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Russian Hill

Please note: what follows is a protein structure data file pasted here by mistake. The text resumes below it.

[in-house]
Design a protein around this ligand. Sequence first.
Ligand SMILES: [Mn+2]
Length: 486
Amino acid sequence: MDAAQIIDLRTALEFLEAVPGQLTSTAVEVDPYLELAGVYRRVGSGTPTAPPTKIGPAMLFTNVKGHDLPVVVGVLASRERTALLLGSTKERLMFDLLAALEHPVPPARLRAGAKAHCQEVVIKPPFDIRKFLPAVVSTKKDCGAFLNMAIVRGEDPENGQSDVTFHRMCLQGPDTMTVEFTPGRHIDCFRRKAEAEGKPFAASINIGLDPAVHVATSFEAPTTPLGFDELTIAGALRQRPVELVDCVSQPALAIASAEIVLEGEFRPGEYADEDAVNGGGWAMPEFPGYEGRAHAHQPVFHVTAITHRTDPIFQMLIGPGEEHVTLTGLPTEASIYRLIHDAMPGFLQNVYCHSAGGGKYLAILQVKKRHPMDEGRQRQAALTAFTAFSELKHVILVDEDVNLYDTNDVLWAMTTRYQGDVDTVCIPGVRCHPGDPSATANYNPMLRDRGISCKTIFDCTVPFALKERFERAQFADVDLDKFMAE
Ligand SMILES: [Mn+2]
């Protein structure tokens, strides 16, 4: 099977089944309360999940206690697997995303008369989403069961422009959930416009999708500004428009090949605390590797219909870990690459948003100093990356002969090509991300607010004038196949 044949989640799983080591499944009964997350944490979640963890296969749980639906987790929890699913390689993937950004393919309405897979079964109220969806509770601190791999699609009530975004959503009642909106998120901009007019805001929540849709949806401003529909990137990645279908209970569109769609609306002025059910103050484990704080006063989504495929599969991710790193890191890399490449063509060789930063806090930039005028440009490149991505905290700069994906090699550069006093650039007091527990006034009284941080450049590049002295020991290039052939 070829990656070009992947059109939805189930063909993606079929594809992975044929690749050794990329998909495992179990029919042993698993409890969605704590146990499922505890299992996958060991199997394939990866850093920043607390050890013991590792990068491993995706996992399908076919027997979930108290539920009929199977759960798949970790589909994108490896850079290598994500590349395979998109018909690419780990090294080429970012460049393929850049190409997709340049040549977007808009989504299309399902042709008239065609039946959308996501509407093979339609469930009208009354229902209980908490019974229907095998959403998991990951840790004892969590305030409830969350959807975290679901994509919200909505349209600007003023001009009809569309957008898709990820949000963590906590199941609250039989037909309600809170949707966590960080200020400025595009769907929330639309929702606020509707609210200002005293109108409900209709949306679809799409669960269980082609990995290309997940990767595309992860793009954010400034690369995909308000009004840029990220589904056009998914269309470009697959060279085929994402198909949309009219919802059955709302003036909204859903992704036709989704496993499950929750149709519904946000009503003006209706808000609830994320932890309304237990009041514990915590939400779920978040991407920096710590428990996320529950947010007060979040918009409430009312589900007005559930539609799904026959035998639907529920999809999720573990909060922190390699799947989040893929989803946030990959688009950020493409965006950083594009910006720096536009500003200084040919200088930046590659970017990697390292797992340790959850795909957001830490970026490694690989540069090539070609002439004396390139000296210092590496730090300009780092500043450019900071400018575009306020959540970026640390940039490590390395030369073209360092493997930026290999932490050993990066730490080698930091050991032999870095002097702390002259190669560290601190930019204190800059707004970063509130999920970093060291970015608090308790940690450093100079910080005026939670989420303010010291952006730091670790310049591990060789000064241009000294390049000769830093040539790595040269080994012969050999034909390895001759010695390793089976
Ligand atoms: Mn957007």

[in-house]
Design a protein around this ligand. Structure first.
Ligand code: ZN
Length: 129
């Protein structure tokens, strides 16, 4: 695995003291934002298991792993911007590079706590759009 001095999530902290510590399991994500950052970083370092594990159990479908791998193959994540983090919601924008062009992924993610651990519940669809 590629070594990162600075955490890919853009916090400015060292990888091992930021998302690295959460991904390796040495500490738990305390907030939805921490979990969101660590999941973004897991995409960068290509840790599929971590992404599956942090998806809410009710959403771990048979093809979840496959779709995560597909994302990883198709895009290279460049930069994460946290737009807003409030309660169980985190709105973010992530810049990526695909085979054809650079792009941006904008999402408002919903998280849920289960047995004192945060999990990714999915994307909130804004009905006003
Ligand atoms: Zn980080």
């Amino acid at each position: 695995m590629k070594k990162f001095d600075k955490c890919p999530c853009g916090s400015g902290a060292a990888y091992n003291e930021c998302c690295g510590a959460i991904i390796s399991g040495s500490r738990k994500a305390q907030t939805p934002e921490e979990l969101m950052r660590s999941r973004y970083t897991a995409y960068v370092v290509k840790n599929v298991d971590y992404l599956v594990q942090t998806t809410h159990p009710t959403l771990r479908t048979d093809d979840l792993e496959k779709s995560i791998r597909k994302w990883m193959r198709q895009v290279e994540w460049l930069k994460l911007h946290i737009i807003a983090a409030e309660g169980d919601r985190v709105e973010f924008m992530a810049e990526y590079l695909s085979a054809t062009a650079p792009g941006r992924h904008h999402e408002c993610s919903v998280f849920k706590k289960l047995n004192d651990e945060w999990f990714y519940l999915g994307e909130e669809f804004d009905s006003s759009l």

Russian Hill is so-named for the 1800s discovery of Russian tombstones, thought to be the final resting place of fur traders from a Russian fort north of San Francisco. It is home to Lombard Street, "the crookedest street in the world," and in fact has several extremely picturesque staircase streets (parts of Vallejo and Green Streets, for example). The views extend from the Bay Bridge to the Golden Gate Bridge and Marin County. Alice Marble and Ina Coolbrith parks offer a serene spot to idle and enjoy the vistas. The Art Institute on Chestnut Street houses one of several controversial Diego Rivera murals in San Francisco. The Institute is in the Spanish Colonial style and dates back to 1926. The famed "Tales of the City" series by Armistead Maupin were inspired by Macondry Lane on Russian Hill. Area residences are some of the most interesting around and many offer amazing panoramas. Russian Hill is also home to many restaurants and great shopping opportunities.

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